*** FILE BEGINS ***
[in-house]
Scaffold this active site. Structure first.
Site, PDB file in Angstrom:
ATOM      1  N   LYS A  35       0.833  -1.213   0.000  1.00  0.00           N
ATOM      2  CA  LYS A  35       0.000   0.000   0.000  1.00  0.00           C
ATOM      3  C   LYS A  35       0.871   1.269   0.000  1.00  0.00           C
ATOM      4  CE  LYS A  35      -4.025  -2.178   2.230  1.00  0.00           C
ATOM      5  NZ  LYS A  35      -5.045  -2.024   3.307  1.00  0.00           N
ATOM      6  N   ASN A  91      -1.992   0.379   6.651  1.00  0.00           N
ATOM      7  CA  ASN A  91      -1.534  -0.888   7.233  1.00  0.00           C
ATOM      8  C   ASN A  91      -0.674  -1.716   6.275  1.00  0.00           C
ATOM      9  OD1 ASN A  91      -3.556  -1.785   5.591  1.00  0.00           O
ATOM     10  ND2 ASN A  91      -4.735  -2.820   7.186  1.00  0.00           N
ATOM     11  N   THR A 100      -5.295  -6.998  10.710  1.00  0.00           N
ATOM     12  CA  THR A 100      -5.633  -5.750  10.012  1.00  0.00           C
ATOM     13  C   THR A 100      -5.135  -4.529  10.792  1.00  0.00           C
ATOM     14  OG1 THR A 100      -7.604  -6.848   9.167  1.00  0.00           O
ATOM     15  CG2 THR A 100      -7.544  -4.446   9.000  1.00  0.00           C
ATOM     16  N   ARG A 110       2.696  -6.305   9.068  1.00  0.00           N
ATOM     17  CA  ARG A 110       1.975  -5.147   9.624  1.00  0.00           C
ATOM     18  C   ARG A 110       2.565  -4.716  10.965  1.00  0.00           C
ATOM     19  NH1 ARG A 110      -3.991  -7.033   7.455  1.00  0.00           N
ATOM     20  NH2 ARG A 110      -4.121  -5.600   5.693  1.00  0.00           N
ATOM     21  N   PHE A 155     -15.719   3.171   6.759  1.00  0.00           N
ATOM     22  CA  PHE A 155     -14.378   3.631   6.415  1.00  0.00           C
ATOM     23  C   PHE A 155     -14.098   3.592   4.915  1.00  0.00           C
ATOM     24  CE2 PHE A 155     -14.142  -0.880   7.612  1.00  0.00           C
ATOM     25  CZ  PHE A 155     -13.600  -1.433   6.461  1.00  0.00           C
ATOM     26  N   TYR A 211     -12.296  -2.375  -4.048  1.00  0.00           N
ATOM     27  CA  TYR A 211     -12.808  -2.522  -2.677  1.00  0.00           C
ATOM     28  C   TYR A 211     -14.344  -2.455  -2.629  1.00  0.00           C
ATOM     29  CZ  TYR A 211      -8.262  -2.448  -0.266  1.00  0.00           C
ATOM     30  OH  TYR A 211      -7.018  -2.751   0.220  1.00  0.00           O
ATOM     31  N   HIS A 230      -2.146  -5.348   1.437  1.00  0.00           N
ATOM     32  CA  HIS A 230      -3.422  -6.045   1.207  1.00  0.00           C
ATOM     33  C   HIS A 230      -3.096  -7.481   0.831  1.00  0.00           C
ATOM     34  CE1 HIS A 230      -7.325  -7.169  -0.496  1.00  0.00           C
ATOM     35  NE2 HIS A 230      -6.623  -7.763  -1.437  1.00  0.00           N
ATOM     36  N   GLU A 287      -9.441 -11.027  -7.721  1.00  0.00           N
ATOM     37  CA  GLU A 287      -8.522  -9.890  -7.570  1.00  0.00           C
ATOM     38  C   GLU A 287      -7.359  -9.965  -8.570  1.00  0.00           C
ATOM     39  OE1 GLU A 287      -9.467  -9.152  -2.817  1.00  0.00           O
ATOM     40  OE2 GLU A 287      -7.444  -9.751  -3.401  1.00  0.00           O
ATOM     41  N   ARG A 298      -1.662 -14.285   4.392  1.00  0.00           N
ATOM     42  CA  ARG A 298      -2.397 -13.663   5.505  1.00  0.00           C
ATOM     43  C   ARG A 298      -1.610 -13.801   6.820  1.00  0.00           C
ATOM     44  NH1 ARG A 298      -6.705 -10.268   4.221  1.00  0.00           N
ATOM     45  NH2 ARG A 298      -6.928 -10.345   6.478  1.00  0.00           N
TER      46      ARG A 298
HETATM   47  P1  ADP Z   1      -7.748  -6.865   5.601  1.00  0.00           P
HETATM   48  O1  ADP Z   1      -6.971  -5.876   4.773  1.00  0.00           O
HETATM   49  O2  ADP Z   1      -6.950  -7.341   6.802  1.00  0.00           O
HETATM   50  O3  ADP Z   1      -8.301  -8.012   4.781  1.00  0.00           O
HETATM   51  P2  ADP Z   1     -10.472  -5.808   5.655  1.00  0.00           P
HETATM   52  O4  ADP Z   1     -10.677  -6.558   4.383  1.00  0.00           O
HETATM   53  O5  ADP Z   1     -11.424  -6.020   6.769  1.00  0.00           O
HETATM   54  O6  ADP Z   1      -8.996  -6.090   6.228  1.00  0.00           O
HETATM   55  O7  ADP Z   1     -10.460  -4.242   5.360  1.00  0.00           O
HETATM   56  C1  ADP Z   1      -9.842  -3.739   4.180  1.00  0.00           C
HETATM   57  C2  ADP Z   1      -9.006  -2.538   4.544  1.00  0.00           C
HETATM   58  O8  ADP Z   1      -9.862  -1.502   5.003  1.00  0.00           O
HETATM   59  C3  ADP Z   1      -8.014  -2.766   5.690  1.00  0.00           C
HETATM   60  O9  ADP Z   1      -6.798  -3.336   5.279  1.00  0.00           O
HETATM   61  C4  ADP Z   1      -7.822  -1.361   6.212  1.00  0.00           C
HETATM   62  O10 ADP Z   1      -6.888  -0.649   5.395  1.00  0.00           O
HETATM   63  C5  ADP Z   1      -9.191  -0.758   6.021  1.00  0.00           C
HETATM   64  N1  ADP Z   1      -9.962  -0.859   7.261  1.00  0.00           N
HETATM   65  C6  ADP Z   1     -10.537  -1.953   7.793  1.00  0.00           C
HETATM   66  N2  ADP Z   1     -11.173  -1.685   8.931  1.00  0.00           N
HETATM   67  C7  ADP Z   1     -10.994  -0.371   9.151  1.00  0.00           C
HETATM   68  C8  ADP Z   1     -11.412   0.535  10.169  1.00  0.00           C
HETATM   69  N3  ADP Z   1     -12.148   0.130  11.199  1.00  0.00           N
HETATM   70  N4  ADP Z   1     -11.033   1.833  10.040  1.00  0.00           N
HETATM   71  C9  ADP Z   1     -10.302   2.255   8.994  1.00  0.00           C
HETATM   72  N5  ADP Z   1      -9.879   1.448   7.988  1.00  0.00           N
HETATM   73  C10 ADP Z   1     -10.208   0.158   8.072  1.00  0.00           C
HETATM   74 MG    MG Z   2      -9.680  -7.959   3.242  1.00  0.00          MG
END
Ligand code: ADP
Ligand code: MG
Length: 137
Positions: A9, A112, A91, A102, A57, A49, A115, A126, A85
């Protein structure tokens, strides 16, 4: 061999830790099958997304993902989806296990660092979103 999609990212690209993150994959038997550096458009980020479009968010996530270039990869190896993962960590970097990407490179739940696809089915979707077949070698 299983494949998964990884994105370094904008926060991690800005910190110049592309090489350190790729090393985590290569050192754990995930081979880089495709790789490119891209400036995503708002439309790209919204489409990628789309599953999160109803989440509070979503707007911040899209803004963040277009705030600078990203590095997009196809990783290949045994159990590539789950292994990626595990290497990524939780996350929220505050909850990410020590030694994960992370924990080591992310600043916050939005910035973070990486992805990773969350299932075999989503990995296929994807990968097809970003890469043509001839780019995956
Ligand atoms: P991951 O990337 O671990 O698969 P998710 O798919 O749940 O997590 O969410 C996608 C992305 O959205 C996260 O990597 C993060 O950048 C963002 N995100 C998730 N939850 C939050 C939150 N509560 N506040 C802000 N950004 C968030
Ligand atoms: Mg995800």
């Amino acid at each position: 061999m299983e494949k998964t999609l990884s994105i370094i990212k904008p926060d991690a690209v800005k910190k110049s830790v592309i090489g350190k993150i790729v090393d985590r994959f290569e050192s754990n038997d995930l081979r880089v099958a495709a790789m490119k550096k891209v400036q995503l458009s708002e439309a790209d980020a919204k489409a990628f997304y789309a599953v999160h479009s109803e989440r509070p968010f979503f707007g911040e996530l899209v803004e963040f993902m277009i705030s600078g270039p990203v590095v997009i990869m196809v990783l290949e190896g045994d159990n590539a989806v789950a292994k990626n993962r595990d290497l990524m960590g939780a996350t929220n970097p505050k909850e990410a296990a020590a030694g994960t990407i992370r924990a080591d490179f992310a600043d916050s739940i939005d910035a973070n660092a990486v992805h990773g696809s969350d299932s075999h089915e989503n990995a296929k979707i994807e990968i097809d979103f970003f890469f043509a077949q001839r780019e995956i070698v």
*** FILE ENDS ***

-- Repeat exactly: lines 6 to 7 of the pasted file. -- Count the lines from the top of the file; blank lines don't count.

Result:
ATOM      3  C   LYS A  35       0.871   1.269   0.000  1.00  0.00           C
ATOM      4  CE  LYS A  35      -4.025  -2.178   2.230  1.00  0.00           C